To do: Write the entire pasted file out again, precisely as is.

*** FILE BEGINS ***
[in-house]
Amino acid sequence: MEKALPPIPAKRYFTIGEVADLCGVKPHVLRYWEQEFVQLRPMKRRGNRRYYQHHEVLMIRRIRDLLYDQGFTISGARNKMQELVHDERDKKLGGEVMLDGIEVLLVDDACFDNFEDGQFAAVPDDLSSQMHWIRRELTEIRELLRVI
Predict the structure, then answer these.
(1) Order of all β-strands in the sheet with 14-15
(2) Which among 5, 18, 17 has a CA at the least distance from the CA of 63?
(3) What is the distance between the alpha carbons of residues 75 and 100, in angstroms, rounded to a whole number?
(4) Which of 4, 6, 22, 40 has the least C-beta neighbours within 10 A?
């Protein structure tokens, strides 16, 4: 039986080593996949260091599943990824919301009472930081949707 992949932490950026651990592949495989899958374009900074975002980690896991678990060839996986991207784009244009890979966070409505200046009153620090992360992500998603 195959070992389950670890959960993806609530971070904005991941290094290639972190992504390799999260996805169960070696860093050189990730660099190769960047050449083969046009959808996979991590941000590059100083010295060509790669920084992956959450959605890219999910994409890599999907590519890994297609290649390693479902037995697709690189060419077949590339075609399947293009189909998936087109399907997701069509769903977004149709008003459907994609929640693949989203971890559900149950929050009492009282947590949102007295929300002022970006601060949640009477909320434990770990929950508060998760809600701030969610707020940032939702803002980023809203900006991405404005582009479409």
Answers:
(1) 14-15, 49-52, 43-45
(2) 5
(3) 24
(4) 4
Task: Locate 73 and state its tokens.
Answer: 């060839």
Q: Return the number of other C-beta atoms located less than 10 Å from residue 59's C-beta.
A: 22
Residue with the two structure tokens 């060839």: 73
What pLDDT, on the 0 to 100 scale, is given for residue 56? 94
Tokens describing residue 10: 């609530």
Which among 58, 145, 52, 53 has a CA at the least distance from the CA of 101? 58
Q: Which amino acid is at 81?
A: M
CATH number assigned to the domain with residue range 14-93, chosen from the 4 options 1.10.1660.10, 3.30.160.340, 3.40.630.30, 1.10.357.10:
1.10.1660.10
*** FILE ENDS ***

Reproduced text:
[in-house]
Amino acid sequence: MEKALPPIPAKRYFTIGEVADLCGVKPHVLRYWEQEFVQLRPMKRRGNRRYYQHHEVLMIRRIRDLLYDQGFTISGARNKMQELVHDERDKKLGGEVMLDGIEVLLVDDACFDNFEDGQFAAVPDDLSSQMHWIRRELTEIRELLRVI
Predict the structure, then answer these.
(1) Order of all β-strands in the sheet with 14-15
(2) Which among 5, 18, 17 has a CA at the least distance from the CA of 63?
(3) What is the distance between the alpha carbons of residues 75 and 100, in angstroms, rounded to a whole number?
(4) Which of 4, 6, 22, 40 has the least C-beta neighbours within 10 A?
């Protein structure tokens, strides 16, 4: 039986080593996949260091599943990824919301009472930081949707 992949932490950026651990592949495989899958374009900074975002980690896991678990060839996986991207784009244009890979966070409505200046009153620090992360992500998603 195959070992389950670890959960993806609530971070904005991941290094290639972190992504390799999260996805169960070696860093050189990730660099190769960047050449083969046009959808996979991590941000590059100083010295060509790669920084992956959450959605890219999910994409890599999907590519890994297609290649390693479902037995697709690189060419077949590339075609399947293009189909998936087109399907997701069509769903977004149709008003459907994609929640693949989203971890559900149950929050009492009282947590949102007295929300002022970006601060949640009477909320434990770990929950508060998760809600701030969610707020940032939702803002980023809203900006991405404005582009479409």
Answers:
(1) 14-15, 49-52, 43-45
(2) 5
(3) 24
(4) 4
Task: Locate 73 and state its tokens.
Answer: 């060839």
Q: Return the number of other C-beta atoms located less than 10 Å from residue 59's C-beta.
A: 22
Residue with the two structure tokens 């060839």: 73
What pLDDT, on the 0 to 100 scale, is given for residue 56? 94
Tokens describing residue 10: 């609530």
Which among 58, 145, 52, 53 has a CA at the least distance from the CA of 101? 58
Q: Which amino acid is at 81?
A: M
CATH number assigned to the domain with residue range 14-93, chosen from the 4 options 1.10.1660.10, 3.30.160.340, 3.40.630.30, 1.10.357.10:
1.10.1660.10